Thursday, August 19, 2010

Dobro, Kyobashi

First off, Dad, don't get all excited. This has nothing to do with resonator guitars, except in the most glancing way. You'll remember, I'm sure, that the Dopyera brothers were from Slovakia? And 'dobro' means 'good' in their quaint native tongue, or else it's just a contraction of 'DOpyera BROthers'? Well, this is a Croatian restaurant. Not Slovakian. That's as connected as you get, but since the name was familiar and none of the other places in the neighborhood spoke to me, I figured I'd do it.
The interior is downright wacky - the dim lighting is very reminiscent of Eastern Europe, but the real feature of the space is the way you descend through the small marble amphitheater (actually left behind by a Roman legion that used to run a trattoria in the space, but that's a different history). As original memories are lost and objects are repurposed through time, it's not surprising to see the polished stone serving as an ersatz wine cellar.
While still titillated by success at Coulis, the failure at Bistro La Poupee lingered, and I skipped the full course lunch (which is extra-interesting because it comes with the '3-week-pickled cabbage rolls'). The curry rice course (Croatian curry rice, I imagine?) started with cold mango-cream soup (is this dessert? I tried it, thinking it might somehow be savory, then saved it for last, because it wasn't) and two kinds of bread - the roll with caraway and raisins was interesting.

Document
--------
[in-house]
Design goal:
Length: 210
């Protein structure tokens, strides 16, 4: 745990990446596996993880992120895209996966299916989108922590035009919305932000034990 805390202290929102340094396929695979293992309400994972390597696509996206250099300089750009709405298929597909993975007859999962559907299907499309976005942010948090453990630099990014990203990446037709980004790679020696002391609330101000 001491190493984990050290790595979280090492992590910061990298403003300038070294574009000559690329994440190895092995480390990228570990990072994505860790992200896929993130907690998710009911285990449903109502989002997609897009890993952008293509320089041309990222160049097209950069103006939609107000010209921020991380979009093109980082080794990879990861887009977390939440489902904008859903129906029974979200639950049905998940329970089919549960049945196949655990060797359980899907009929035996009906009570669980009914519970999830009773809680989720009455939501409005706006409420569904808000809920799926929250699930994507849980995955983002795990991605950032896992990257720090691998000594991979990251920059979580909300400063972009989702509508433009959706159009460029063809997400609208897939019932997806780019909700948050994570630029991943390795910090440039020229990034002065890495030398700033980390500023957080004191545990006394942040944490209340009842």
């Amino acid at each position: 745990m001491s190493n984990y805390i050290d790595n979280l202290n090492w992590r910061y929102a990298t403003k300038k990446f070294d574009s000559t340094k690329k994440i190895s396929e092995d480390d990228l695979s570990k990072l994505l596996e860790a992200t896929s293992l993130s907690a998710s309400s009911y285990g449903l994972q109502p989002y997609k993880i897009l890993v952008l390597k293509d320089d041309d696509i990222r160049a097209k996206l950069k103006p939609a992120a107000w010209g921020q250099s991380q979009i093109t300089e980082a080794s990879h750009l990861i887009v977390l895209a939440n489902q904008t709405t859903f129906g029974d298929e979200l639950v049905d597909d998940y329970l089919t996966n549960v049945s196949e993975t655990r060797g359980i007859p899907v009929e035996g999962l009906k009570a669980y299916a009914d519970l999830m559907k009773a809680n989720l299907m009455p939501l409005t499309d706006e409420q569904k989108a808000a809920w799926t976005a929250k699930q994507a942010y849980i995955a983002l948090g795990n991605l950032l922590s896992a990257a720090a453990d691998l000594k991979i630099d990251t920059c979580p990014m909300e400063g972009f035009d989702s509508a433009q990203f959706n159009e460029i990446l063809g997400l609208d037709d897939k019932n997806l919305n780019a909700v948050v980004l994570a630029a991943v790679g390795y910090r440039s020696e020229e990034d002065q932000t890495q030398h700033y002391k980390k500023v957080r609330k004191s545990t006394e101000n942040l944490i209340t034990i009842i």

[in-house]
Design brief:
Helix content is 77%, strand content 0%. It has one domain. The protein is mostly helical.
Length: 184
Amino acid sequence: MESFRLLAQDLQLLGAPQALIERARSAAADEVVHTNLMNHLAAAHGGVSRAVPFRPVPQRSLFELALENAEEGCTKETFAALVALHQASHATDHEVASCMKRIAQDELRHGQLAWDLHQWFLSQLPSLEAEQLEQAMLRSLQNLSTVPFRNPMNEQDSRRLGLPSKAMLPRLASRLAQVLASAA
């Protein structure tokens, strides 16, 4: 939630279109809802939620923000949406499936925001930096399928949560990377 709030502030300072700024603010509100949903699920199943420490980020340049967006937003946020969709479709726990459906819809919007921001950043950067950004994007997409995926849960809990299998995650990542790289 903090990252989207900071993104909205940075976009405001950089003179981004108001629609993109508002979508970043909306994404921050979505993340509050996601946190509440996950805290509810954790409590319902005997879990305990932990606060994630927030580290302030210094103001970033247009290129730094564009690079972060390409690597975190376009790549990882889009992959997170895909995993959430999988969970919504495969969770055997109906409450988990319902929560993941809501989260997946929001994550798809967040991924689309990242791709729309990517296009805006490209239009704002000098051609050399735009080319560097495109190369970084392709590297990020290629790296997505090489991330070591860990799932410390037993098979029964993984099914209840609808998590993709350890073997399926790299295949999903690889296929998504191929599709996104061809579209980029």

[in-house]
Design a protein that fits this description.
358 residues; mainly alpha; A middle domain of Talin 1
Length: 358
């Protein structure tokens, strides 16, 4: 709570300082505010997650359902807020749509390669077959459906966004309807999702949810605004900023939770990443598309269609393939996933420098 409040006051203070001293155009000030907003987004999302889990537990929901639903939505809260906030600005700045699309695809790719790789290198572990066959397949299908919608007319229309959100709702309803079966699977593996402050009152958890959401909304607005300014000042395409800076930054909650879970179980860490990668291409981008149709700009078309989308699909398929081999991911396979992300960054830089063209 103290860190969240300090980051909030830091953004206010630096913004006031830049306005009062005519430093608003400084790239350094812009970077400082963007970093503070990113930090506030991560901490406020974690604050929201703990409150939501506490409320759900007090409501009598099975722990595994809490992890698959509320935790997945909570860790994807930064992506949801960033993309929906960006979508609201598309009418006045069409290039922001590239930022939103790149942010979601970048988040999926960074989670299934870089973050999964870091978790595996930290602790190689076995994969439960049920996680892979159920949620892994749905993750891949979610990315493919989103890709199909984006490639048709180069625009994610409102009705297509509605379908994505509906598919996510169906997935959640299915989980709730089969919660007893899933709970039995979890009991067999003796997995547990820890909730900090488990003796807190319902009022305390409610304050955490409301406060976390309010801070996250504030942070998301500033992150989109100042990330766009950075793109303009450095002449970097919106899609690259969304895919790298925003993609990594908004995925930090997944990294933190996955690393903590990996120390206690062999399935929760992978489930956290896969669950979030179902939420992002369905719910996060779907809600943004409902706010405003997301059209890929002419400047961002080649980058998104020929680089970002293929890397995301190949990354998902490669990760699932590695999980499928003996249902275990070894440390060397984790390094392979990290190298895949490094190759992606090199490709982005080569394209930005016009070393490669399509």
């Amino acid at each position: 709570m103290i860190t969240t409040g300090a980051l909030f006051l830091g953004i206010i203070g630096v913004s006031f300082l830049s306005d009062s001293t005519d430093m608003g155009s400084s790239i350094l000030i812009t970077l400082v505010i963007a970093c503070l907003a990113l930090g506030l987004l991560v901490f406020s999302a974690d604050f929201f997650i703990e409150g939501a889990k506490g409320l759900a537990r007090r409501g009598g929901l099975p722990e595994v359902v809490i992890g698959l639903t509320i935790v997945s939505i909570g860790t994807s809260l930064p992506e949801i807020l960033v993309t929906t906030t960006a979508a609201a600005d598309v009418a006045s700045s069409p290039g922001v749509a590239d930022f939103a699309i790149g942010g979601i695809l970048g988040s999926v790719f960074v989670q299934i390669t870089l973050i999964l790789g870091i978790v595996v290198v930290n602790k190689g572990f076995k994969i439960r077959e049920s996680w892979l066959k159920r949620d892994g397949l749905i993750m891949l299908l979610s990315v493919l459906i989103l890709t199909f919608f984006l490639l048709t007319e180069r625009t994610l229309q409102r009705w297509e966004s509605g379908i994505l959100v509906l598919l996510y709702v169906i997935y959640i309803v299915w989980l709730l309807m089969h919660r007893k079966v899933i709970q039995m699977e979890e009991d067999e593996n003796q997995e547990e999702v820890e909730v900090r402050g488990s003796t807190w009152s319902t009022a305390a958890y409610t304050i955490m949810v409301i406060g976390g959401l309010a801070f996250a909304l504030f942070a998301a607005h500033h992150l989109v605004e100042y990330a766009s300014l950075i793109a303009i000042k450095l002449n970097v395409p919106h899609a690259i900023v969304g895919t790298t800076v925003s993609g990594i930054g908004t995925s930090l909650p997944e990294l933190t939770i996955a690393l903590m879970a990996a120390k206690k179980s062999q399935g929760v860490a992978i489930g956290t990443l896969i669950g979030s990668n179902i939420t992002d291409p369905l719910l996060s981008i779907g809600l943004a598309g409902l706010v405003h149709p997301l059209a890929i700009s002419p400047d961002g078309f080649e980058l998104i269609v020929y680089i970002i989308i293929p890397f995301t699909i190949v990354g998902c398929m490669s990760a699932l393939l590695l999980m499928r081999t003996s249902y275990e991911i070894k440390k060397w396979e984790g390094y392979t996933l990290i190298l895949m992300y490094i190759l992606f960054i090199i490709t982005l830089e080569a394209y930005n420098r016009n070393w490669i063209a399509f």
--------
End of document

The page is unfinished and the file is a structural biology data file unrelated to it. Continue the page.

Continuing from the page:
The waiter (who was very helpful and wanted to speak English) has previously mentioned that the salad was quite large, and the menu mentioned its abundance of Nagano vegetables, so this plate came as a bit of a surprise (though no doubt that's just because the salad at Coulis was so magnificent). At least I was able to try the Croatian staple 'tuna pasta salad'; that's comfort food in any language as far as I'm concerned.
This chicken curry plate was kinda successful, again in a very comforting way. The rice was very gummy and chewy, mixed with a lot of tomato-based flavors, and all of that in a good way. It went strangely well with the curry, which I could only describe as 'European-style' since I'm not sure what else to say about it. The fried onions were another helpful addition. Honestly, you wouldn't be too upset about getting this plate by itself for Y1180 at some places, so the rest of the course could be viewed as a bonus.
Dobro originally had Croatian staff, but they're gone. It's hard not to think things like 'must have gone downhill', shackled as we all are by bogus concepts of authenticity. The food here, at least for this lunch, was on the tired side - unless it was just the lighting. A bunch of metal guitars hanging on the walls it would go a long way toward brightening it up.

Shining like a Dobro guitar...

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